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A very detailed ride report of The Great Canada Bicycle Tour was presented in “Outing And The Wheelman” magazine of April-Sept. 1884.  The entire two-part article is well worth reading.  The author claims that “No intoxicating liquors of any sort were drunk, even at the banquets provided in the cities we visited”.   With that one possible exception, the shenanigans and experiences described  in the 1883 account bear remarkable similarities to present-day Ontario randonneuring!  Here are some examples, with which I could particularly identify in my own randonneuring experience:

The thrill of cycling in a good tailwind:

“…this wind was so powerful that nearly the whole line rode with legs over handles, and with brakes down, a mile or two, at a racing speed, the utmost care being required to prevent collisions…”

Trying out new rain gear:

“…when it began to rain (he)  put on his wheelman’s rubber suit…he was the envy of the whole line, till it was discovered that this suit possesses one fatal defect…There is no device…to let out the water which runs down the back of his neck, and fills all his pockets and swells out the legs”

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Riding after a Fall:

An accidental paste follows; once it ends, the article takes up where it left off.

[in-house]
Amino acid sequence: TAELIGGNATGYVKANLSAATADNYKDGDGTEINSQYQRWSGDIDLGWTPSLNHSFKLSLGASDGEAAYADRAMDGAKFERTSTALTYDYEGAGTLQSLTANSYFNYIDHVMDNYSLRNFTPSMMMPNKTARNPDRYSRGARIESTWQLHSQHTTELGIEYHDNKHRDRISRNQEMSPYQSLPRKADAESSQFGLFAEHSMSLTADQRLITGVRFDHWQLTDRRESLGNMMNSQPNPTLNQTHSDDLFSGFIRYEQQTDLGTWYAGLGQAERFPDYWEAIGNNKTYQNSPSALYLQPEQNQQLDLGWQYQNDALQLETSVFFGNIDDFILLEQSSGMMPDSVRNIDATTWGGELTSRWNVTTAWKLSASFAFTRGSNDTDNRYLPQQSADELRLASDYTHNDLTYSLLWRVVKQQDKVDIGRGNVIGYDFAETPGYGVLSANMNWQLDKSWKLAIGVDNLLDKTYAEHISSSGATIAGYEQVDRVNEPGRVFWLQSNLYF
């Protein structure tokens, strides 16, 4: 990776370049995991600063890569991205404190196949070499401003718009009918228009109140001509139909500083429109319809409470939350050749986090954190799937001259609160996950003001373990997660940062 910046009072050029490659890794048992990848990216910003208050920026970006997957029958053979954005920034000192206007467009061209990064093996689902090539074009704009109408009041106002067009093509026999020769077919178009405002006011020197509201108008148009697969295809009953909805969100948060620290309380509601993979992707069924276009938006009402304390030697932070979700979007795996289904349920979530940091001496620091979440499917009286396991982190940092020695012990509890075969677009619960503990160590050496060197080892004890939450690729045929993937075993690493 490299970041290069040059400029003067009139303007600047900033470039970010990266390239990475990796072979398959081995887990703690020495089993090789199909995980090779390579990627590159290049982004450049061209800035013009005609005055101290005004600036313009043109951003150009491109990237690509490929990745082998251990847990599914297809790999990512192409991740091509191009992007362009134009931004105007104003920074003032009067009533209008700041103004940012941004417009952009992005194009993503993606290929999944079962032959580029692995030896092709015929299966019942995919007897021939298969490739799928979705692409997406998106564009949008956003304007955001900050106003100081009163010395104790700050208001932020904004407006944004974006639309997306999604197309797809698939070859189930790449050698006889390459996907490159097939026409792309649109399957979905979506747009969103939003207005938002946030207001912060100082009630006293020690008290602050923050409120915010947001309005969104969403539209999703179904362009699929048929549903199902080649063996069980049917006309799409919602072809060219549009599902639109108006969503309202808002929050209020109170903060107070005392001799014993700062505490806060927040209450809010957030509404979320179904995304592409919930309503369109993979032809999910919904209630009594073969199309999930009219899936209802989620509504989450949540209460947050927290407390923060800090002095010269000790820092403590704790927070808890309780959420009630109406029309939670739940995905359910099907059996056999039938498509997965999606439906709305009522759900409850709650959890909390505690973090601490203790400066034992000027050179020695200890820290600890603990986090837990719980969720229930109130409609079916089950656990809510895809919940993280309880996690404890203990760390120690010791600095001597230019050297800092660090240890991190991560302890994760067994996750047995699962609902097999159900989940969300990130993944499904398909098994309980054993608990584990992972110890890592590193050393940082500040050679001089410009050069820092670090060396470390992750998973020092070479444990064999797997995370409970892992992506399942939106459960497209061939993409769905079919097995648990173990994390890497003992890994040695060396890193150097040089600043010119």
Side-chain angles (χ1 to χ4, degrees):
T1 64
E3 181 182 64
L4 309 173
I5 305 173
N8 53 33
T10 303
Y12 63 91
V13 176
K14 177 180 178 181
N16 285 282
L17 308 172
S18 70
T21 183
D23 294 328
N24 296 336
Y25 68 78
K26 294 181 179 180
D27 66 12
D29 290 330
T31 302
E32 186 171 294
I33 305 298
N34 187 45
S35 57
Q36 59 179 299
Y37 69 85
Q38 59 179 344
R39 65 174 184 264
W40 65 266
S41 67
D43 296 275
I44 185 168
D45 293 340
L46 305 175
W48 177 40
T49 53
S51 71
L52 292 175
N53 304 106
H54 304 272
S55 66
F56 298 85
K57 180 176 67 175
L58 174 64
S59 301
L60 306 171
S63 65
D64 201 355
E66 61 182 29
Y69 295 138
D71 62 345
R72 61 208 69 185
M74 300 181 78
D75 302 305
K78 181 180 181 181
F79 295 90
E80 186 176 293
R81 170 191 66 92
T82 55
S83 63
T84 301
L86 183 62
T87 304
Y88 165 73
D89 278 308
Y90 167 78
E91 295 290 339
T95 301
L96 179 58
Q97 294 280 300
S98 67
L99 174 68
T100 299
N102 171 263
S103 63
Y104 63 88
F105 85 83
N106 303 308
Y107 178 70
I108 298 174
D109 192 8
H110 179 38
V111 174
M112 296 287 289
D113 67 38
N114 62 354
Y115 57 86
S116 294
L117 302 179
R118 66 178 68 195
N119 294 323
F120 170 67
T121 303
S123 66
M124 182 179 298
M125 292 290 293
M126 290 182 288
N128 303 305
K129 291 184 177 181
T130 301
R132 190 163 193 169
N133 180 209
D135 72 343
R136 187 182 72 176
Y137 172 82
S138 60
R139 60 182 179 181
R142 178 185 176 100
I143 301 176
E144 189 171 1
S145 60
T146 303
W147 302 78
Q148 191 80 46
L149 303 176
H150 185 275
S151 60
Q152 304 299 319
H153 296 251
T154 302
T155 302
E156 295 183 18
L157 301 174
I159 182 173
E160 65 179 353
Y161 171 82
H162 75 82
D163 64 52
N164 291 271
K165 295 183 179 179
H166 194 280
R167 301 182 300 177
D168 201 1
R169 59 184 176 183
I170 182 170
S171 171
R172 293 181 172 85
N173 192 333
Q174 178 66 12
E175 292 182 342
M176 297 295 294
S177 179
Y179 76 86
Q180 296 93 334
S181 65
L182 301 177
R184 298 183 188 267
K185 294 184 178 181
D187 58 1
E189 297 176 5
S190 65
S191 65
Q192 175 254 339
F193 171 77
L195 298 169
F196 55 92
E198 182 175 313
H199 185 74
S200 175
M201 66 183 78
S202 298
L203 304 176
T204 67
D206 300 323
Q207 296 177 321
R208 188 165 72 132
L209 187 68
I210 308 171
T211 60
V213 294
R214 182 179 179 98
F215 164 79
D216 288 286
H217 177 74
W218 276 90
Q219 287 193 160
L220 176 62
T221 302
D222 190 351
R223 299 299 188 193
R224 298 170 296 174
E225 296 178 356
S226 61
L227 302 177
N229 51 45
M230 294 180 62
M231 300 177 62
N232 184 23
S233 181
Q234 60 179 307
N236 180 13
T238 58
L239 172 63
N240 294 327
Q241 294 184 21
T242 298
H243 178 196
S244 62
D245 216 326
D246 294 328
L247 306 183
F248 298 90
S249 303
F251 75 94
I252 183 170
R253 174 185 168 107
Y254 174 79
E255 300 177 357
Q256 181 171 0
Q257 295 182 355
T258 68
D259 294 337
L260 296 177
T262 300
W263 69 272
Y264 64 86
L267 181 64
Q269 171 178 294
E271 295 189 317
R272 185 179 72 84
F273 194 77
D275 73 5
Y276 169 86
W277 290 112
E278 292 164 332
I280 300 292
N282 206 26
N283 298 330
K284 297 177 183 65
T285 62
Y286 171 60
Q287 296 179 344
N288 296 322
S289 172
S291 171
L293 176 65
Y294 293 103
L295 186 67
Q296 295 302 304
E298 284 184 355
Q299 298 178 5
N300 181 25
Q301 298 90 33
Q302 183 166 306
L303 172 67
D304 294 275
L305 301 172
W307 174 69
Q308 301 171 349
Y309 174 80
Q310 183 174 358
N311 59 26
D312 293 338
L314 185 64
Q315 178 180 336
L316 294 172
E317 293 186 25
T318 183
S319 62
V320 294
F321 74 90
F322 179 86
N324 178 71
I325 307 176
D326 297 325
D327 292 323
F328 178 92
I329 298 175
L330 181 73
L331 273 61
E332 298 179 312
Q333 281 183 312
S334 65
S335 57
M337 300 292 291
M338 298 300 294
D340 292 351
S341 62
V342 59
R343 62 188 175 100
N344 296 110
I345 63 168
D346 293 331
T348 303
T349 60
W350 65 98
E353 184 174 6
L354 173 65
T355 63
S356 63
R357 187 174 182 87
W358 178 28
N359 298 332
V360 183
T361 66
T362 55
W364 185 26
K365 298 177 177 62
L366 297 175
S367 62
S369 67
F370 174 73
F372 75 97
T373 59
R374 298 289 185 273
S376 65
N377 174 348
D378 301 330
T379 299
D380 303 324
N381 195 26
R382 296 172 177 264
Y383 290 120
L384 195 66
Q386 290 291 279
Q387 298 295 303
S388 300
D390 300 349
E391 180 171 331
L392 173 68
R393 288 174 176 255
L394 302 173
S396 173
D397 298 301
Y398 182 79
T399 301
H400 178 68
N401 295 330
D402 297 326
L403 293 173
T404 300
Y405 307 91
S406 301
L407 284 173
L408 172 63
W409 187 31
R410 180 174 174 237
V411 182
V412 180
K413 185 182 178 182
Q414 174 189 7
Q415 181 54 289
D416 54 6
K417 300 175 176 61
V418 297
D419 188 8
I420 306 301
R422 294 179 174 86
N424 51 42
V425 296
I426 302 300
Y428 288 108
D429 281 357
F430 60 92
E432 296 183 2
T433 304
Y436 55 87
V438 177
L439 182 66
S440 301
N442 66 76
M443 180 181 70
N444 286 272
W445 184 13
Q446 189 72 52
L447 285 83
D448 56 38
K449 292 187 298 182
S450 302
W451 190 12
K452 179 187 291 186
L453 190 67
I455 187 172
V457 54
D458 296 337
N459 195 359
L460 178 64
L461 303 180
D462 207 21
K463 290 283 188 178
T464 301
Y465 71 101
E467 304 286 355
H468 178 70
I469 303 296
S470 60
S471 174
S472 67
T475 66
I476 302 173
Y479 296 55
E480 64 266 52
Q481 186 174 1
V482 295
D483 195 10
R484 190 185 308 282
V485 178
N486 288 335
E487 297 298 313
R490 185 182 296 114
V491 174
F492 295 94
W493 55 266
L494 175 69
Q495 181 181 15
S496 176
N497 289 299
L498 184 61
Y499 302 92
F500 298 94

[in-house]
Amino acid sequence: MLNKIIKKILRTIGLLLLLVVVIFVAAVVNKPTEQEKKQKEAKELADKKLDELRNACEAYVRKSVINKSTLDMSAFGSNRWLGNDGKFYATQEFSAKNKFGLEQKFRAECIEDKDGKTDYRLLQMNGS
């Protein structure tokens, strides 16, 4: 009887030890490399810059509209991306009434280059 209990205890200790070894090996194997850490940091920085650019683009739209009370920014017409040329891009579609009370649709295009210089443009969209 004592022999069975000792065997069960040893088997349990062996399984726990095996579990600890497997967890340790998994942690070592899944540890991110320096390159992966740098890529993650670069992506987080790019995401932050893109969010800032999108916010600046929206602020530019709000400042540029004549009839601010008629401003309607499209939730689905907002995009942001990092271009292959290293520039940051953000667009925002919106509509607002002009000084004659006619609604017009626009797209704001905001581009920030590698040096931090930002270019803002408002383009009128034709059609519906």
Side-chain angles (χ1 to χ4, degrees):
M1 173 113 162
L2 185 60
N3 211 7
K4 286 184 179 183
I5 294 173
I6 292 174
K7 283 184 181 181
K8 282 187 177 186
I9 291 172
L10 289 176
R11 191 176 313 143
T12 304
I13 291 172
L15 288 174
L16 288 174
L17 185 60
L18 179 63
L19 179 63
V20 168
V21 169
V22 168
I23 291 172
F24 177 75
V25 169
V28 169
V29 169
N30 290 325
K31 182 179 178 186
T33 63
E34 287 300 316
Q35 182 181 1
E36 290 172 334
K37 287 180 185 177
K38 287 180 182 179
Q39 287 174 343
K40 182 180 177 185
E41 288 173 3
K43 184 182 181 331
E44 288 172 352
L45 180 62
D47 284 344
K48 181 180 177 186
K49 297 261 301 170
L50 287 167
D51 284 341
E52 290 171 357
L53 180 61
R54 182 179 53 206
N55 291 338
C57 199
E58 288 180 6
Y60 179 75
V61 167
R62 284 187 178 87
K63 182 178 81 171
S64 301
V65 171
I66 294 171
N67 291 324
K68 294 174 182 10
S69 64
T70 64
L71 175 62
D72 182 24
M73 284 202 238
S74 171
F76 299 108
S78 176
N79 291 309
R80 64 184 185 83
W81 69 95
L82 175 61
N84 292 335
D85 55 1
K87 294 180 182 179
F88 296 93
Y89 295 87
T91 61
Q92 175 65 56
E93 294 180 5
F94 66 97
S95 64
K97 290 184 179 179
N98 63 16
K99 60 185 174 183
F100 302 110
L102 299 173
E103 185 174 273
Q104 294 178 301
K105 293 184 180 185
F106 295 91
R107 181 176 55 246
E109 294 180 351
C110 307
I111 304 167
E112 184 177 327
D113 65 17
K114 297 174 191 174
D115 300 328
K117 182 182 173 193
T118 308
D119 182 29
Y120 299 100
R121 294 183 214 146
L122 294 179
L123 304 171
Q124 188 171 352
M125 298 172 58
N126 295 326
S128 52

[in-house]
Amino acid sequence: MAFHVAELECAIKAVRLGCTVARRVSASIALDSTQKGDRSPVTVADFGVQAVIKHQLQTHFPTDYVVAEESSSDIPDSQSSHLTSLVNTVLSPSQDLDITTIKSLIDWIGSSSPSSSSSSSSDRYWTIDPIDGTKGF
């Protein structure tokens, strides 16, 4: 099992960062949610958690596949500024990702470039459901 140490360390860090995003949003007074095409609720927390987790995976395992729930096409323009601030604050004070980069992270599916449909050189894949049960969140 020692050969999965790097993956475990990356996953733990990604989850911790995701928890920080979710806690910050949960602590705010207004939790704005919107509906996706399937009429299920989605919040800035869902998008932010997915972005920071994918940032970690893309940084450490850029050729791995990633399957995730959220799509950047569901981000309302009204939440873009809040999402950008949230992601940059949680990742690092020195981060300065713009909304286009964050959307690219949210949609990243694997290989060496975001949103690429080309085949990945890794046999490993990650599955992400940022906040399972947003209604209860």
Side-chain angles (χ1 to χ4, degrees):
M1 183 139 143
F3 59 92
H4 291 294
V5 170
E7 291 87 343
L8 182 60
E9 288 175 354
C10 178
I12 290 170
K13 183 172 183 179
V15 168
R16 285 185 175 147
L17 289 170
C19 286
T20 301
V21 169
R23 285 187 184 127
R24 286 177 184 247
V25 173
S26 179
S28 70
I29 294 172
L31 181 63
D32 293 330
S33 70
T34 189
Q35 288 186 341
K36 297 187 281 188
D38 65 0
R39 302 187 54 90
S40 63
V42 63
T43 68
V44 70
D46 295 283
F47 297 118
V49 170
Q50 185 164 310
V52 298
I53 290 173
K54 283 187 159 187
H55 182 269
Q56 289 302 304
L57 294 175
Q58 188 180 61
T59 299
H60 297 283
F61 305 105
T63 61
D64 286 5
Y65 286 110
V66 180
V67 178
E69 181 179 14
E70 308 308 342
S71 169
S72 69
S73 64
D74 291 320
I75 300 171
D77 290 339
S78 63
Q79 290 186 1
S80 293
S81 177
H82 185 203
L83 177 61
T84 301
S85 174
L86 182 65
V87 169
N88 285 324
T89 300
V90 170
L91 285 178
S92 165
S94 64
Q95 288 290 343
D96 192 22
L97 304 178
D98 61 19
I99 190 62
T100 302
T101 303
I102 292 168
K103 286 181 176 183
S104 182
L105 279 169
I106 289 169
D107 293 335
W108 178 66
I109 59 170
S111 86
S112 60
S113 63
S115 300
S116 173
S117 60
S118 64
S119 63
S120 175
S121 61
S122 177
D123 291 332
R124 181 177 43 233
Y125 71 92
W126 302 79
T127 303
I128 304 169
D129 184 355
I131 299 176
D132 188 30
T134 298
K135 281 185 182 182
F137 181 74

“…Approaching Bayfield…one of the most expert riders of the party was run into by another wheelman…and hurled down an embankment five or six feet high. The pit of his stomach struck one of the handles, knocking the breath out of him, and his left shoulder was badly sprained… [We] procured him an ounce of Brandy at a wayside inn, after taking which he was able to mount unassisted, when he rode with one hand so rapidly [he caught up to the advance group]”

The Great Canada Tour was clearly important in fostering enthusiasm for bicycling, and the founding of many local wheelman clubs, throughout Southern Ontario. In each community, the arrival of the riders was greeted with large crowds, brass bands, and, at the overnight stops, civic receptions and banquets. This excellent 2016 article documents the impact of the Great Canada Tour’s arrival in Goderich.